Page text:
Respecting each other means that we intrinsically believe that all members of the team have something to contribute to the care of the patient. Junior doctors should value and respect the experience and clinical intuition of their senior colleagues, while senior doctors should possess the humility to accept constructive suggestions, be willing to pass on their knowledge to others in the team, and act as positive role models. I think that respecting each other is one facet of professional courtesy, and also the basis of the timeless but unwritten tradition in the medical profession – that doctors do not charge one another for professional services.

Collegiality is also about communication. When faced with a challenging problem in our clinics or ward rounds, this collegial relationship allows us to pick up a phone to call, or nowadays we can text a colleague, and consult one another to benefit our patients. In fact, the sharing of such medical information with colleagues in order to benefit the care of the patient can be regarded as an ethical obligation.

In recent times, the mutual respect among doctors seems to be eroding, with disputes and conflicts becoming more visible through social media. But of particular concern, and perhaps even more commonly experienced, are the incidences of disparaging and negative remarks made by doctors about their colleagues, especially to patients.

Some examples are:

"It is very fortunate that you came to the hospital, your GP should have referred you earlier!"

"You should not undergo this treatment; those doctors practicing in private are out of touch with the latest advances."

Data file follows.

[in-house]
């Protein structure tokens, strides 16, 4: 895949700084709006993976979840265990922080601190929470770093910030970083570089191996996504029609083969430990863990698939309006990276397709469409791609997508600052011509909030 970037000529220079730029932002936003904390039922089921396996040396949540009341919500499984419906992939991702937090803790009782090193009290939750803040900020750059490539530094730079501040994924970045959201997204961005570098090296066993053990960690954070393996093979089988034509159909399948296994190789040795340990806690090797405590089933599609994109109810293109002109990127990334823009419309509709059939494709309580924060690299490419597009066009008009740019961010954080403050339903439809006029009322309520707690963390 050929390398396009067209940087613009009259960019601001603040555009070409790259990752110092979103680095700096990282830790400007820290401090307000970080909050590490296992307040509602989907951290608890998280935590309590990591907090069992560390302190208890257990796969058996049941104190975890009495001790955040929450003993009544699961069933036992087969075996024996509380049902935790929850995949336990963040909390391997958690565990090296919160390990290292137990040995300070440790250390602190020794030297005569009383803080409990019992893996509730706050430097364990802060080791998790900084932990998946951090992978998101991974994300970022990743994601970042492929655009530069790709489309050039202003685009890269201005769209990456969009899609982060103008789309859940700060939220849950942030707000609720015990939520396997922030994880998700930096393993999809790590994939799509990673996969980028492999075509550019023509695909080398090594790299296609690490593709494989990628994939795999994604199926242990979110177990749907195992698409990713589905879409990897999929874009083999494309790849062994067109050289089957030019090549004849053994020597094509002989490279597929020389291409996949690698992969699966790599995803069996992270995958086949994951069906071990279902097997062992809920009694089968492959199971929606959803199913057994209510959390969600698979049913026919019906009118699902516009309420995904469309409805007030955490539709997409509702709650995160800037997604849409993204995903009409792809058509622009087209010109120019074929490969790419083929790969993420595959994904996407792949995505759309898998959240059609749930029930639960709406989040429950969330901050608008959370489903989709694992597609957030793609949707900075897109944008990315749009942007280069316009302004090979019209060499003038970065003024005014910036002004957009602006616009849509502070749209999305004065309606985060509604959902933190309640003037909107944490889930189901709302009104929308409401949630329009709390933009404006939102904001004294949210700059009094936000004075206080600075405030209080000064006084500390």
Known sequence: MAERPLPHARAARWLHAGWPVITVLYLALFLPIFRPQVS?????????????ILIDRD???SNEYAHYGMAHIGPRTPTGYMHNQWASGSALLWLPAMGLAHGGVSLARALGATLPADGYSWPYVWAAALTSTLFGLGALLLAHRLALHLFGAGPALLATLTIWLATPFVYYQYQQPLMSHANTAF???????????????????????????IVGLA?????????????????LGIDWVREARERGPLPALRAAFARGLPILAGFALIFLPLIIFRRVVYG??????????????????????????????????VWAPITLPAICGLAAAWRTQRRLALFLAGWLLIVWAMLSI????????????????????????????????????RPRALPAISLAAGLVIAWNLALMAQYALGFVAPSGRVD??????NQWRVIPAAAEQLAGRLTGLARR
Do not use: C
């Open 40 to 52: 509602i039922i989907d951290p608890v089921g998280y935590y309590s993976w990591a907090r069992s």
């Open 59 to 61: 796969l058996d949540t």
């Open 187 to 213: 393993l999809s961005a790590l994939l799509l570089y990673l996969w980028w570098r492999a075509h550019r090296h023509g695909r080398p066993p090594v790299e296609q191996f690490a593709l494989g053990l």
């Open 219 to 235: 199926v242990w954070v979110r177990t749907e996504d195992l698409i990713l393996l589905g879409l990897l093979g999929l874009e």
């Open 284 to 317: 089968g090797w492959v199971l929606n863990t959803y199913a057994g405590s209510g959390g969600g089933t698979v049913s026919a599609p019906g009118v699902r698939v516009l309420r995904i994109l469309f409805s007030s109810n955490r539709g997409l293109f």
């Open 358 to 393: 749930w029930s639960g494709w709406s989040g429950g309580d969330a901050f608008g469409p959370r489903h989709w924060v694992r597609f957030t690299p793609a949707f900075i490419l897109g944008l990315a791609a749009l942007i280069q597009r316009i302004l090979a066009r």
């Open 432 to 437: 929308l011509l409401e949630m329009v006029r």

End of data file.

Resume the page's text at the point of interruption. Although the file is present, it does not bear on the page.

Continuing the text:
"These extra tests done by that doctor are useless and unnecessary."

Doctors are urged to refrain from making such remarks especially when they do not know the context of the case. These "casual remarks" are extremely erosive to a patient's trust in the doctors being blamed, and it also reflects badly on the entire profession. Needless to say, trust is a critical component in maintaining the public's confidence in the medical profession.

Patients often consult us to obtain our professional opinion about the appropriateness of treatment plans recommended by colleagues. During such second opinions, we may find that we do not agree with the suggested course of management previously recommended. When this happens, it is important to take extra care with how we communicate this to the patient. We can acknowledge the patient's concerns, inform them that we do not have the full facts of the prior consultation and encourage the patient to speak to the previous doctor to clarify.

Collegial behaviour needs to be inculcated early and it is best to start in medical school. Our medical students are rigorously selected from the top of their cohorts and are inevitably products of a highly competitive educational environment. We need to "rewire" them and mould them from highly competitive individuals to cooperative team-based doctors. One example of SMA's efforts to encourage team-based values is the SMA-Lee Foundation Outstanding Teamsmanship prize that was jointly established in 2009 by SMA and Lee Foundation for graduating Duke-NUS students, to mark SMA's 50th anniversary. The award serves to honour five students who have demonstrated exemplary team values.

The importance of networking among students from all three medical schools is absolutely essential, and gatherings like the recent medical students' convention should be the platform to stress the importance of teamwork, better communication and mutual collaboration, and encourage the exchange of ideas.

Wong Tien Hua is President of the 58th SMA Council. He is a family medicine physician practising in Sengkang. Dr Wong has an interest in primary care, patient communication and medical ethics.